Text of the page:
FIG. 7 is a sectional view taken along the line 7--7 of FIG. 3;
FIGS. 8-12 are respectively side elevation, plan, bottom, left-end, and right-end views of the die clamp arm per se;
FIG. 13 is a view similar to FIG. 6 illustrating a modified construction;
FIG. 14 is a sectional view taken along the line 14--14 of FIG. 13; and
FIG. 15 is a plan view of the modified piston per se illustrated in FIGS. 13 and 14.
With reference to FIGS. 1 and 2, the die clamp comprises clamp arm 10, transverse cylinder 11 having end caps 12, side brackets 13, T-bolt 14 with threaded knob 15, bolt guide 16, pivot pins 17, and internal elements illustrated in the other figures.
With reference to FIGS. 8-12, clamp arm 10 is provided with workpiece engagement clamping nose 18, through oval slot 19, sides 20 including pivot bearing holes 21, rigid arm back 22 having transverse cylinder recesses 23 with terminal shoulder corners 24, longitudinal cylindrical bore 25 having locking pin bearing surface 26, lubrication passage 27 and retainer pin hole 28.
With reference to FIGS. 3-7, cylinder 11 is provided with annular ends 29 mounted within side brackets 13 which are pivotally connected at 17 to pin bearings 21 in either side of arm 10. Cylinder bore 30 eccentrically located in cylinder 11 is provided with piston 31 sealed by O-rings at 32 from hydraulic actuating fluid admitted to either end through ports 33. The upper side of piston 31 is provided with flat ramp surface 34 for engaging flatted surface 35 of generally cylindrical longitudinal locking pin 36, the innerengagement whereof is accommodated by slotted opening 37 intersecting and extending across the bore 30 of cylinder 11.
Bolt guide 16 is pivotally connected by pins 17 to side brackets 13 and through engagement of knob 15 provides a fulcrum reaction for clamp arm 10 when piston 31 is hydraulically actuated to raise locking pin 36 forcing cylinder 11 and side brackets 13 into downward pressure engagement with T-slotted bolster plate 38. Arcuate engaging surfaces 39 of side brackets 13 accommodate any change of clamping arm angle involved in the range of adjustment between maximum height, as illustrated, to a minimum height with bracket surfaces 40 nearly parallel to the T-slotted table surfaces.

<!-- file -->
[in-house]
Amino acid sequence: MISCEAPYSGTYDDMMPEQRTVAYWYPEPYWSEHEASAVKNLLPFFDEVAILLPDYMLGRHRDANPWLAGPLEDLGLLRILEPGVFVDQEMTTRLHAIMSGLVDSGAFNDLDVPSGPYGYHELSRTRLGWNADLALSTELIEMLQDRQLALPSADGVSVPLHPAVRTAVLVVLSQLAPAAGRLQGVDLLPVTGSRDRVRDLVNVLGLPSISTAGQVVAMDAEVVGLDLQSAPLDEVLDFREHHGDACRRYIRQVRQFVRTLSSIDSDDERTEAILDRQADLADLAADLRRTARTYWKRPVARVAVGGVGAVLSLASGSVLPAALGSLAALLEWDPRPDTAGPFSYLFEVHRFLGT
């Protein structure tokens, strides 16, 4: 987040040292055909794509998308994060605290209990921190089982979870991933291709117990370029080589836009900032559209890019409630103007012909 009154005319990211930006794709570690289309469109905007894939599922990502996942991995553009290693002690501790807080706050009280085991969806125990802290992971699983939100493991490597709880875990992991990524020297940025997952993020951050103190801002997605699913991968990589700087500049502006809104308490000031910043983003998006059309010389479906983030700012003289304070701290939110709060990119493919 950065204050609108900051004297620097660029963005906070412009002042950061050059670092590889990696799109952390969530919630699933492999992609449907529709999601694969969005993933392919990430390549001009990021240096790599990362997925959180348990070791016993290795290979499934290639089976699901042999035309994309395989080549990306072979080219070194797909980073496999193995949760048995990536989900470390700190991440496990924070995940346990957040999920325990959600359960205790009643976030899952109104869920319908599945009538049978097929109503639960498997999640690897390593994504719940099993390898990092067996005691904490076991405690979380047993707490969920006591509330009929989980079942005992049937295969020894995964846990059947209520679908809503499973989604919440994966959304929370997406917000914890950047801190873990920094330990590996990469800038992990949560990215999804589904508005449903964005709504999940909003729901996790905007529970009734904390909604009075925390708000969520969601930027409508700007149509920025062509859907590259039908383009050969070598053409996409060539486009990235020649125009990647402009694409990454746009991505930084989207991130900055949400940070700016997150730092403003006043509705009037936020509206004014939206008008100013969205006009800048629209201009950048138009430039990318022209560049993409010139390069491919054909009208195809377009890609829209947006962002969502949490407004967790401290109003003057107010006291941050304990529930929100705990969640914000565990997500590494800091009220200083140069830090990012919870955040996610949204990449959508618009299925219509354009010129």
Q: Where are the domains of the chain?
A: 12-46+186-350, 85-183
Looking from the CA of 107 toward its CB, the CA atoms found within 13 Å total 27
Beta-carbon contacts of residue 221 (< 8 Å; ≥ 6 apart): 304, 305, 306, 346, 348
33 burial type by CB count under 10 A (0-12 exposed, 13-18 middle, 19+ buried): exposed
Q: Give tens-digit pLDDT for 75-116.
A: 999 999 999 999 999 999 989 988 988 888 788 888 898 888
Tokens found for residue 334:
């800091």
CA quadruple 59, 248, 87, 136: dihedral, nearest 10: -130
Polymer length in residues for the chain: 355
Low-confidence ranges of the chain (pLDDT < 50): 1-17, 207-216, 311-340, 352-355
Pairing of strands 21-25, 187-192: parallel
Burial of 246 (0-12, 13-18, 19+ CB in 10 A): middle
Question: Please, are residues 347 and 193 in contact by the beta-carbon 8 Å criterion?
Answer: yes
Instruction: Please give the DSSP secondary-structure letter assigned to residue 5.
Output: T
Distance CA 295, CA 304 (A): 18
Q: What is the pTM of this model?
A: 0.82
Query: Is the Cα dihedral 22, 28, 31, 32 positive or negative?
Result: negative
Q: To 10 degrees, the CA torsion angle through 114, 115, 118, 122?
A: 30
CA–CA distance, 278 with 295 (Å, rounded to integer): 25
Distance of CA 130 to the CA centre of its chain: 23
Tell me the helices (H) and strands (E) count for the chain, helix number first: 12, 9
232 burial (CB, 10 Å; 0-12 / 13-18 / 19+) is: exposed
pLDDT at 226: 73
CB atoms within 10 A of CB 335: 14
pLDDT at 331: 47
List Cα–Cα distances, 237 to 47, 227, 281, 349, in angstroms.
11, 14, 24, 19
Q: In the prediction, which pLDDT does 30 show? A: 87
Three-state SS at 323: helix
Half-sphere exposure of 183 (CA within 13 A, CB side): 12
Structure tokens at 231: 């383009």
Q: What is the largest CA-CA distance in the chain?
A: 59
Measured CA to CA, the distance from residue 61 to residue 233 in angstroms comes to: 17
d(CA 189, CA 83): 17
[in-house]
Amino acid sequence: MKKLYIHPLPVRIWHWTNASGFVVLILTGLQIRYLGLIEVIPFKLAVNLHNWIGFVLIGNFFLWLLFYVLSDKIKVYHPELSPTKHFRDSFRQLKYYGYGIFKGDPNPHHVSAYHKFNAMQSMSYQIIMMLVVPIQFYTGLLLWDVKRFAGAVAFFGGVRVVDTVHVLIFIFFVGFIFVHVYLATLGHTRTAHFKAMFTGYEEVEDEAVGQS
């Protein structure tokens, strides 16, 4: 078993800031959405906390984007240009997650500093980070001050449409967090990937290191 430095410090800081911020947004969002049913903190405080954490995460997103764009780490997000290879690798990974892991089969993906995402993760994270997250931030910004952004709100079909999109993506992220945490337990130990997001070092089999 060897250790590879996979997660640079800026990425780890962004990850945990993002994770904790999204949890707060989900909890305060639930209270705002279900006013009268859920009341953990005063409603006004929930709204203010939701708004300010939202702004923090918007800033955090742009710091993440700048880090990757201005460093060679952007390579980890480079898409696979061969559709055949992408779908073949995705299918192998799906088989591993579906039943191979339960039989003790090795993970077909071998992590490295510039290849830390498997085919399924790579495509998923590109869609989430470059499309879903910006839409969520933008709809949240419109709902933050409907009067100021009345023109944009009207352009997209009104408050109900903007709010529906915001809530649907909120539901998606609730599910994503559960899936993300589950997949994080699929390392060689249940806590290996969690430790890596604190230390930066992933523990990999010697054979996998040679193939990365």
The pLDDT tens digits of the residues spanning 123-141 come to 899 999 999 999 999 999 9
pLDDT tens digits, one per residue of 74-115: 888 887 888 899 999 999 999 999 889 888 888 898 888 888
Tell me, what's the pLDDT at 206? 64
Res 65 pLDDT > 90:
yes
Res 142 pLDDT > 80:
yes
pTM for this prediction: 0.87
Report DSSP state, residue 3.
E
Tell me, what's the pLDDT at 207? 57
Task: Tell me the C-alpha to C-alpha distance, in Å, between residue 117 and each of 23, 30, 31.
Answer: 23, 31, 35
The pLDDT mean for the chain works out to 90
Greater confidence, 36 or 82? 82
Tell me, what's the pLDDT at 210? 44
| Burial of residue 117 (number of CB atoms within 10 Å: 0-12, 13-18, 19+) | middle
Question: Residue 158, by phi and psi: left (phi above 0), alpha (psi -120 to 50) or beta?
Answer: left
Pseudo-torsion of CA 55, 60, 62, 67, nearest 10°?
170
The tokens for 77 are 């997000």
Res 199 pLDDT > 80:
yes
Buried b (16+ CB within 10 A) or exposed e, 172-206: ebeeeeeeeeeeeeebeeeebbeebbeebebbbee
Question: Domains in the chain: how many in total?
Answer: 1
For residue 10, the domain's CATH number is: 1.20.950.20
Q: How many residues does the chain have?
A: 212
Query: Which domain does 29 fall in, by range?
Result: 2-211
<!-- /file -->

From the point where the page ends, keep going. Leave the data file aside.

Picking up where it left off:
As mentioned above, with clamp head 18 engaging die plate 41, all clearances are taken up by initially manually tightening knob 15 against bolt guide 16. This minimizes the stroke of locking pin 36 necessary exert full clamping pressure and permits a self-locking ramp angle in the order of 4.5° to 7.5° to provide a corresponding high mechanical advantage in the wedge action resulting from piston actuation.
It will be understood that the geometry of piston ramp surface, flatted locking pin and its cylindrical bearing provide for a true area pressure engagement of the actuating surfaces involved throughout the entire range of adjustment in clamp height, during which the piston can rotate angularly within its bore in order to maintain area contact with locking pin 36, as shown in FIGS. 3, 6 and 7. Pin 42 engages slot 43 in locking pin 36 to retain its longitudinal position. Lubrication of the sliding surfaces is provided through lube passage 27.
From the foregoing it will be seen that a versatile adjustable die clamp has been provided which may be readily positioned on any T-slotted machine table surface in order to rigidly clamp die plates or other tool or workpieces of variable height within a substantial clamping range wherein any adjustment is readily effected through manual tightening of a single T-bolt knob.